The question is important because a top hat plan does not have to comply with ERISA’s funding, vesting and participation rules.
The latest skirmish in this battle is Dennis Walter Bond, et al. v. Marriott International, Inc., Case No. 10-CV-1256-RWT, 04-30-2014. The plaintiff/employees in that case filed an appeal to the U.S. Court of Appeals for the Fourth Circuit on the lower court’s decision that the Marriott’s Deferred Stock Incentive Plan is a top hat plan and that as a consequence those employees were not entitled to the ERISA protections mentioned above.
Labor Department Amicus Brief
Into the fray comes the U.S. Department of Labor with an amicus brief arguing that the law and the Labor Department’s position have been clear for some time. And that is:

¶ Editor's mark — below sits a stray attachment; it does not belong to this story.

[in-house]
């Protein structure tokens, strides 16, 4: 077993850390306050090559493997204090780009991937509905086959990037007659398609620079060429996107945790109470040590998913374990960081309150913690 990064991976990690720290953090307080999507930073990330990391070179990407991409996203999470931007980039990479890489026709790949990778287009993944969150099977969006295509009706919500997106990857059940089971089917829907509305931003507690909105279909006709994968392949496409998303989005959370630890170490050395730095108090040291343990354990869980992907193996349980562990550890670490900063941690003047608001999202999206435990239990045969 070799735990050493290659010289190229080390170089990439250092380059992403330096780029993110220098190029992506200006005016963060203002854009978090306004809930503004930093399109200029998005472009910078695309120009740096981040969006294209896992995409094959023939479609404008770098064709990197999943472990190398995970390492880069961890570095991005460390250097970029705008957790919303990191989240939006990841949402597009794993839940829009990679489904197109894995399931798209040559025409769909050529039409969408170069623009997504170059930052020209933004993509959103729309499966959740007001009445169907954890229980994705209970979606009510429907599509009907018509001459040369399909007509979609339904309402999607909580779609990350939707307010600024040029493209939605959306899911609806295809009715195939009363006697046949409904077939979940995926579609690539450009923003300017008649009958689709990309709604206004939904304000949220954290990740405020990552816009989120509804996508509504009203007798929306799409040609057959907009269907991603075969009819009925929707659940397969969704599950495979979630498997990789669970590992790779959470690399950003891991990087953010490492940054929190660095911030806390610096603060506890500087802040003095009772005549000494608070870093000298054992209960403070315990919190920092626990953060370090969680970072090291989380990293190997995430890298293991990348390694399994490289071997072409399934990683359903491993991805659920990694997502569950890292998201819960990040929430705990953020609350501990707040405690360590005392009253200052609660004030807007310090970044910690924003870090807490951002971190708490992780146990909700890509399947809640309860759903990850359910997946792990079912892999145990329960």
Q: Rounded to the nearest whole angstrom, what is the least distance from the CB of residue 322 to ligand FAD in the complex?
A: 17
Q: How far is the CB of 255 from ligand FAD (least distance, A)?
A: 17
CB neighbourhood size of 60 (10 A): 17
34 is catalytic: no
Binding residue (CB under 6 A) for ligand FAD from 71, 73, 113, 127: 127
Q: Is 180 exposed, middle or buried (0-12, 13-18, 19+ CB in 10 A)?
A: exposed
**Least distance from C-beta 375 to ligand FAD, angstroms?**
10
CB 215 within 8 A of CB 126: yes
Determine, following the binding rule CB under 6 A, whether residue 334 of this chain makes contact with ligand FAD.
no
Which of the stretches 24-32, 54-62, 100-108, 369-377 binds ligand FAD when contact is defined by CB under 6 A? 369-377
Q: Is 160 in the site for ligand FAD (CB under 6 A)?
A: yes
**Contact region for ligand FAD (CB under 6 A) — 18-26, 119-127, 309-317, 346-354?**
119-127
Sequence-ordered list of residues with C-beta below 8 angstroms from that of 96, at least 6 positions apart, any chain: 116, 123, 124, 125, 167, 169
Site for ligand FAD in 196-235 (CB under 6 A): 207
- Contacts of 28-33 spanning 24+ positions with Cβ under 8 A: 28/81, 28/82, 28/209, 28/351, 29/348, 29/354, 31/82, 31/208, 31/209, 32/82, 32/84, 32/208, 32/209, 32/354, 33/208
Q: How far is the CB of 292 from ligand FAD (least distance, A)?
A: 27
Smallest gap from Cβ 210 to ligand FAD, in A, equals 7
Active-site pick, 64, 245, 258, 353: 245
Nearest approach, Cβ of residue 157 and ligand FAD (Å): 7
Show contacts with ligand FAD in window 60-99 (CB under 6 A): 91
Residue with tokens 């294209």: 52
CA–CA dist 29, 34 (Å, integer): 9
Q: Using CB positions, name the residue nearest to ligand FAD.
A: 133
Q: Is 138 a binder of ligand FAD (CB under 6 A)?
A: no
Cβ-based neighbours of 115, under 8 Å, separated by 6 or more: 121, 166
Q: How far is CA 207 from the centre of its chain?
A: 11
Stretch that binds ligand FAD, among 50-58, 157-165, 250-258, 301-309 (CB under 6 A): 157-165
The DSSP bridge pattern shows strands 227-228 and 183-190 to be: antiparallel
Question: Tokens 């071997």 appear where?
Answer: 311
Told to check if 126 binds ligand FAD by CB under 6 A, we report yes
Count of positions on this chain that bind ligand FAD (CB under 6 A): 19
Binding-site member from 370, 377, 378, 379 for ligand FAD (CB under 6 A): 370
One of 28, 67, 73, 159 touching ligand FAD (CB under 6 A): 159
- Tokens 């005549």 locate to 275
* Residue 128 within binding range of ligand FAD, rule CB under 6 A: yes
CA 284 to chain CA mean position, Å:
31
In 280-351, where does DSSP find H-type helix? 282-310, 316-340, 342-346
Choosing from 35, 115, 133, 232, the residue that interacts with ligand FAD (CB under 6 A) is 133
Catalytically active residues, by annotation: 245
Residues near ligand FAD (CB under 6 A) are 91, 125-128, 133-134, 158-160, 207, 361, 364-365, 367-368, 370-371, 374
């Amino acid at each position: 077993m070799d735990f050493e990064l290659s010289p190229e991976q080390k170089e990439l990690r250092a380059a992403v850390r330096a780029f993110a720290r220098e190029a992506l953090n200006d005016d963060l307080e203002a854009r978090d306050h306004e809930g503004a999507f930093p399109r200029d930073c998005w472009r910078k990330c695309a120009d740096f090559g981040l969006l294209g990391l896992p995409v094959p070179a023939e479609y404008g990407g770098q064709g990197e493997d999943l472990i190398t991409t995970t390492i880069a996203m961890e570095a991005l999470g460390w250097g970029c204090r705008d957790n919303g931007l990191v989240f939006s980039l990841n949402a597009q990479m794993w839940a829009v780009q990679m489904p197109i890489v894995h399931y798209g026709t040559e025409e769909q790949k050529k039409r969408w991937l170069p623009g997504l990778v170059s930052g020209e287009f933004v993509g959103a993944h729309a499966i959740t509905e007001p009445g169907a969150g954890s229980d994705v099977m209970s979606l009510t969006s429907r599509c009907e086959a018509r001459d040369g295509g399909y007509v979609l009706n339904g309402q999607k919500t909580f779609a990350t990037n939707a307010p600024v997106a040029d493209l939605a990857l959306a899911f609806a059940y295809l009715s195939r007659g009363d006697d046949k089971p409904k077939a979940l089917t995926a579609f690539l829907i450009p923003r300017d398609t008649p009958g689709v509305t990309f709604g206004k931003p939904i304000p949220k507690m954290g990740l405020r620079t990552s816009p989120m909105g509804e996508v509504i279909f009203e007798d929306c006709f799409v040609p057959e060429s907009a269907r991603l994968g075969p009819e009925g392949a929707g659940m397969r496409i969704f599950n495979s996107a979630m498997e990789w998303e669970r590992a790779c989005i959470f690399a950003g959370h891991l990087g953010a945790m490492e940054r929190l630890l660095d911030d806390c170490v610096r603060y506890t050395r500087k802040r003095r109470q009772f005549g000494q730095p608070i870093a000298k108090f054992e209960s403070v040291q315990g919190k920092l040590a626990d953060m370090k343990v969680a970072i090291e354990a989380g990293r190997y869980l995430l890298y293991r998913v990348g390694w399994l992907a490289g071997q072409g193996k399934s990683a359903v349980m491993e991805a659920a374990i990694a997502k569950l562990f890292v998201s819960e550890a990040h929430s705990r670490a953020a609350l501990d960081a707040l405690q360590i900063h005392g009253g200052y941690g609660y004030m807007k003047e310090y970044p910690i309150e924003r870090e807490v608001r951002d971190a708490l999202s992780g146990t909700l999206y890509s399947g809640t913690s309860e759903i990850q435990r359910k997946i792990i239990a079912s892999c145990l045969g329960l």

A plan is not a top hat plan if it covers evens one employee who is not part of the select management group or is not a highly compensated employee.
Who is in your Plan?
This case and the brief, perhaps, are a reminder to employers to re-examine the eligibility provisions of their non-qualified deferred compensation plans. Are employees appropriately in the plan, consistent with the top hat rules? What employees can safely be considered highly compensated or part of a select management group? Is the plan skating on thin ice?
As to the reference to the “whale” in the title of this blog, it’s part of a prepositional phrase modified by an adverb --- really! So dust off your grammar books, prime yourself for some Shakespeare, and go the Labor Department’s brief to learn more about the Labor Department’s position on the topic.